“I said to him, ‘I would love to be able to give you a different answer,’” Hatley told The Appeal. “‘You know, maybe the law will change someday, but that doesn’t help us today.’ I feel so sorry.”

Since the shooting, Antoine White has visited Meanus from time to time. He said he believes it’s important to show Meanus that there are people who will go through this with him.

But White also said that as he sits with Meanus, he’s often filled with inner turmoil, because it’s hard to know what to say to someone with no easy options ahead.

“I hate to put it like this, but a lot of the conversations we’ve had have had to be conversations of acceptance,” White said. “And that’s really hard. Because I know that the more he thinks that he doesn’t want to be there, the harder it will be for him to maintain his stability. But it’s also hard to get someone to accept something when they know they’ve gotten a raw deal.”

So, when the February appeal deadline came, Meanus decided he couldn’t bear the risk. He chose not to file. Now, other than asking Republican Gov. Mike Parson for clemency, Meanus doesn’t have many ways to try to change the next 11 years of his life.

In the meantime, others around Missouri are fighting to rewrite the state’s laws. This summer, Lohn, the public defender in Robert Smith’s case, collaborated with Mary Fox, the director of the Missouri State Public Defender System, to draft an amendment to the state’s felony-murder clause of its second-degree murder statute—a change the group began lobbying for last fall. The amendment deletes the phrase “any felony” and instead lists first-degree burglary, first-degree robbery, arson, kidnapping, assault, and sexual assault as the only charges that can trigger felony murder. In a memo supporting the amendment, Lohn wrote that the change is intended to “narrow the application of felony-murder to situations that would not shock the conscience.”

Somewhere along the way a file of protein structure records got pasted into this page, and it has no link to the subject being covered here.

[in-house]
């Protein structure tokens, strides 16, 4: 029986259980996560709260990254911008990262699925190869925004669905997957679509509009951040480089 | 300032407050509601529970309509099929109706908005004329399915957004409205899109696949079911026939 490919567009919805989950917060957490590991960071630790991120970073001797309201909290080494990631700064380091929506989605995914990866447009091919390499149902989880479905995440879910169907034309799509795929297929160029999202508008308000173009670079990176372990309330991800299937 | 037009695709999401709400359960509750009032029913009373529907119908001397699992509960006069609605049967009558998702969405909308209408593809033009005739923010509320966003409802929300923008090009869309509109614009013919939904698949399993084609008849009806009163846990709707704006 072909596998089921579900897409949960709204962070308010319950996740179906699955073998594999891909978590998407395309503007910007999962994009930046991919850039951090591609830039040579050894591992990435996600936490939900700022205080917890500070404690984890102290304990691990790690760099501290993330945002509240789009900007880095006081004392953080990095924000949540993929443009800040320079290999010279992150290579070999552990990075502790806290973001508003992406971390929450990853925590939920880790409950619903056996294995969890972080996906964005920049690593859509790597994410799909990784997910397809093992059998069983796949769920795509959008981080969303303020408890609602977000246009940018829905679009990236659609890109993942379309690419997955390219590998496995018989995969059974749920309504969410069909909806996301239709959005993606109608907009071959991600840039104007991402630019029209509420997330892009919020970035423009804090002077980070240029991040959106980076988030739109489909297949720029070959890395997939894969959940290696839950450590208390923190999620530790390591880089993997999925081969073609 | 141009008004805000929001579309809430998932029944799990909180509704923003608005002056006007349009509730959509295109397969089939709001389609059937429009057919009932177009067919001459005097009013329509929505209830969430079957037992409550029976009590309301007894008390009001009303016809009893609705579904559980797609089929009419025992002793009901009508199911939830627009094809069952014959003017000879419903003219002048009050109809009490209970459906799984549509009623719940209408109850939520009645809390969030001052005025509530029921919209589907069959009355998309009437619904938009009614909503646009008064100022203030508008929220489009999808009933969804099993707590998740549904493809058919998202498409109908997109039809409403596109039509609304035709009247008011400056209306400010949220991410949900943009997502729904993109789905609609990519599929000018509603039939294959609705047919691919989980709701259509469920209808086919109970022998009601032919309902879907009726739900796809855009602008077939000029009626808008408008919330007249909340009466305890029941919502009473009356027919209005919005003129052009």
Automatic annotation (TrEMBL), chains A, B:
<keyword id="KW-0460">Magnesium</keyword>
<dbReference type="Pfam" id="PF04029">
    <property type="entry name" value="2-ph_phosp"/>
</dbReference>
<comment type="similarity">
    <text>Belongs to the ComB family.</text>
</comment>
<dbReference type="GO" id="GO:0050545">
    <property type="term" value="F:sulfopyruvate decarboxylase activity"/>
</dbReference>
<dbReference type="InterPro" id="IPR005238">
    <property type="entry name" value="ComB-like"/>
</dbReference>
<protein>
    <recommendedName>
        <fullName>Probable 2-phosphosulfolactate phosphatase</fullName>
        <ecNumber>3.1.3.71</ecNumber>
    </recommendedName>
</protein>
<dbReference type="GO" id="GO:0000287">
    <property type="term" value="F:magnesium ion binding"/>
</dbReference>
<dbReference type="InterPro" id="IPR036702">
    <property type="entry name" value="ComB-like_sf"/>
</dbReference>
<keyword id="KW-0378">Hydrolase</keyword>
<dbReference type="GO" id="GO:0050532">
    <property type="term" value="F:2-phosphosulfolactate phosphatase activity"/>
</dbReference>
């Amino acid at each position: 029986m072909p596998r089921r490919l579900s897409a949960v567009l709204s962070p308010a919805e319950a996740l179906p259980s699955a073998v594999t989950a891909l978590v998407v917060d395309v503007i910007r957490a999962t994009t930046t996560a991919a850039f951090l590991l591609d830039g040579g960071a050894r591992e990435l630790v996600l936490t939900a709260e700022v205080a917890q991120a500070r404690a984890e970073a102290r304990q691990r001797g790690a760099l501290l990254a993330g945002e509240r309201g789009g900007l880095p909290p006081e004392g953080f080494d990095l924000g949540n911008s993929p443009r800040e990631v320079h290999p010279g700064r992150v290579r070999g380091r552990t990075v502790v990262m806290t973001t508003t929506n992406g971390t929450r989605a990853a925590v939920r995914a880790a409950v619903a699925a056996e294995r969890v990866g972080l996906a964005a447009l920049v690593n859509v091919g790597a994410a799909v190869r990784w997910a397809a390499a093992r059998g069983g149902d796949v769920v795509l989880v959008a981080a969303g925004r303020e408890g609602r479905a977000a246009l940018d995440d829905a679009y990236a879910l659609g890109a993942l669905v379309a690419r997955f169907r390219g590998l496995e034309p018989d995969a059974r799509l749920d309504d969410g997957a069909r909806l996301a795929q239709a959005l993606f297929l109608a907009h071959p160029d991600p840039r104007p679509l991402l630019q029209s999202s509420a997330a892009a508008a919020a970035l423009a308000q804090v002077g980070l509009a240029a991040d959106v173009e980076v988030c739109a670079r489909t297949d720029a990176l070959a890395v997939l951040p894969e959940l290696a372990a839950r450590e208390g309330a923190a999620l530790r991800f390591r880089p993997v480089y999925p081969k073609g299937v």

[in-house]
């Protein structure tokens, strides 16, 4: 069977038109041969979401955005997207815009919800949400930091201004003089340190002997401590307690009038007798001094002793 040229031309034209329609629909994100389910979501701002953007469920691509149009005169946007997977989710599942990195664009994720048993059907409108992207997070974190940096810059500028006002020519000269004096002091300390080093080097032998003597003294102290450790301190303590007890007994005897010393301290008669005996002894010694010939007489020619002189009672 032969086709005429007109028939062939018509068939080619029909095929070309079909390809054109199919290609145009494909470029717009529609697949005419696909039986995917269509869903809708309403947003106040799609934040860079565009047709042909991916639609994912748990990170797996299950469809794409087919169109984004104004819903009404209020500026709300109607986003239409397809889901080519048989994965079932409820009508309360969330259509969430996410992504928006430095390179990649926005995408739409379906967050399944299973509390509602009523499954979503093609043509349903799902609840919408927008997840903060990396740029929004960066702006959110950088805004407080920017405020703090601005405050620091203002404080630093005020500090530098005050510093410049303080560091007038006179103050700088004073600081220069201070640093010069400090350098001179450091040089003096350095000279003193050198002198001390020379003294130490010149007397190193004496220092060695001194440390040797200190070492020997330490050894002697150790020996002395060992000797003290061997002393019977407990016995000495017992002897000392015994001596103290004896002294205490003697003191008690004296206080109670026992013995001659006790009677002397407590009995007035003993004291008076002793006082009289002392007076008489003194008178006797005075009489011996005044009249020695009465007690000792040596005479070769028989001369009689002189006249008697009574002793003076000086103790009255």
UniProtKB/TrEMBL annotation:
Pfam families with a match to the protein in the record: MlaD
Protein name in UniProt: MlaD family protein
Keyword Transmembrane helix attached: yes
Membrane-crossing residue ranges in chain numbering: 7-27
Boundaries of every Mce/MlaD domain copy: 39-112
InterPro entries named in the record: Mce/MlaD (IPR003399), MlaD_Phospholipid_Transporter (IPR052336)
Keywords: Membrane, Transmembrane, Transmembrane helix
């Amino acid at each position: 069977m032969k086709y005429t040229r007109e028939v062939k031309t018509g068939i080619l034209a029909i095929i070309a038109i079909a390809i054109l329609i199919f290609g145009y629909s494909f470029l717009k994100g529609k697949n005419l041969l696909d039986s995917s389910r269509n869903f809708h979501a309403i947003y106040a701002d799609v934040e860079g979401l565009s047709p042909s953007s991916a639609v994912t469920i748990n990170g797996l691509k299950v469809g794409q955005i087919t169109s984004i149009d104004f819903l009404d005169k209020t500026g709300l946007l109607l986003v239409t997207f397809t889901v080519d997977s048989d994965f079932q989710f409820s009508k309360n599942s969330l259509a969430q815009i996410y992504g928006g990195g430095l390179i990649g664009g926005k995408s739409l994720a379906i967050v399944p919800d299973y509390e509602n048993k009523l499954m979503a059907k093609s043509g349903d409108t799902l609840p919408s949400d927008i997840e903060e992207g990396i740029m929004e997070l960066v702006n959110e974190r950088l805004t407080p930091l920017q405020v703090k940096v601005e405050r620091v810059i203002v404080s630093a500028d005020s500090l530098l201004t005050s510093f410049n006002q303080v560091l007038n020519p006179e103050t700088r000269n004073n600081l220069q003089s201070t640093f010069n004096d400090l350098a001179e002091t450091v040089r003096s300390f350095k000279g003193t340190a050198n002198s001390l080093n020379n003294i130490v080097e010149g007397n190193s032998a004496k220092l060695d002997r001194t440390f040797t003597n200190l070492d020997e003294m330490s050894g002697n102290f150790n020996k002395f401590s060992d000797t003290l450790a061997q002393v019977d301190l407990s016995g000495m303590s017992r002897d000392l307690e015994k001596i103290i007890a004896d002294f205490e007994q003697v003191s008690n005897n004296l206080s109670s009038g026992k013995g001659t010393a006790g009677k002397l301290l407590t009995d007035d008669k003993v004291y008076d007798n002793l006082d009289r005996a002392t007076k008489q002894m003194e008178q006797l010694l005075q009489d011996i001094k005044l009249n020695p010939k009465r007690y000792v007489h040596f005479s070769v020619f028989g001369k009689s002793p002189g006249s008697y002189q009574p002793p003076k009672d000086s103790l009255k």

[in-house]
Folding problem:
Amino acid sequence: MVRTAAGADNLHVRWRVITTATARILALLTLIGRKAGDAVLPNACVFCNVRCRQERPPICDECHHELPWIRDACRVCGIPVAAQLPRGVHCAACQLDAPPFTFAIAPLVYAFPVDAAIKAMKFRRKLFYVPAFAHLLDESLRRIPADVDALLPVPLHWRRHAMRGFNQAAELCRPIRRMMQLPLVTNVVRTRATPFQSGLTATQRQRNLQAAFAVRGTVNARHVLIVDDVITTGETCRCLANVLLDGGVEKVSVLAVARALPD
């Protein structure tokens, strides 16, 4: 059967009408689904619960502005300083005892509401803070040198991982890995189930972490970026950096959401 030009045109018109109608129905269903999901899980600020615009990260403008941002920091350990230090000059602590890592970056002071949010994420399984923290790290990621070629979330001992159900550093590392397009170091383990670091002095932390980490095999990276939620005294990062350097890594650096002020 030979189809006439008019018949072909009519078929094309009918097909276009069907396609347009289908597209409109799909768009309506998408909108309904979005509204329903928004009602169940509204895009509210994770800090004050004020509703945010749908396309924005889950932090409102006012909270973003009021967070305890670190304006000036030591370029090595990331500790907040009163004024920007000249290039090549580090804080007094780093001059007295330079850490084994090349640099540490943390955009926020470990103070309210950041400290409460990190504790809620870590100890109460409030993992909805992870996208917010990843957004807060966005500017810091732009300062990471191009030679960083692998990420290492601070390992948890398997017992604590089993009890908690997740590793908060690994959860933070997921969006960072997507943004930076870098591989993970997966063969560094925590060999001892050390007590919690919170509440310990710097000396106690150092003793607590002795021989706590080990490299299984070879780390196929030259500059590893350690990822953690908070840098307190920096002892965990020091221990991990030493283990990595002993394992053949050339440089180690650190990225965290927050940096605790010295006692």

“The injustice of this is something that has stuck with me,” Lohn said, recalling how much work it took for him to get Smith half a decade of probation. “I’m terrified for the implications for my clients and others like them if this [law] is allowed to stay. And I think any legislator who thinks about a brother, a sister, a father, a mother who might have a history like [Smith’s], who are put in the same position, I can’t imagine that they would not want them to be able to defend themselves.”

Though the amendment does not do away with felony murder entirely, it would bring Missouri prosecutors’ ability to use the law much more in line with the rest of America. Much of Lohn’s amendment uses identical language to a felony-murder amendment passed in Illinois in 2021, which necessitates intent and also allows provisions for self-defense. An amendment passed in California in 2019 allowed everyone who had ever been convicted of felony murder in the state to petition to have their sentence waived. Hawaii, Kentucky, Massachusetts, Michigan, New Mexico, and South Carolina have done away with felony murder entirely.

But as reform efforts take shape, Meanus has spent the past year getting familiar with the cell that will, for the foreseeable future, be his long-term residence.

At times, Meanus said, he’s waited for a feeling of acceptance to come. Or a belief that everything happens for a reason. Before he got locked up, almost everyone described him as nothing but positive and loving. But as he’s waited, those thoughts have been drowned out by another feeling.

It’s rage. A rage at the knowledge that because he saved himself, he’s now doomed to a cell where it feels like nobody is coming to save him.

“I wonder,” Meanus asked. “What are these laws about?”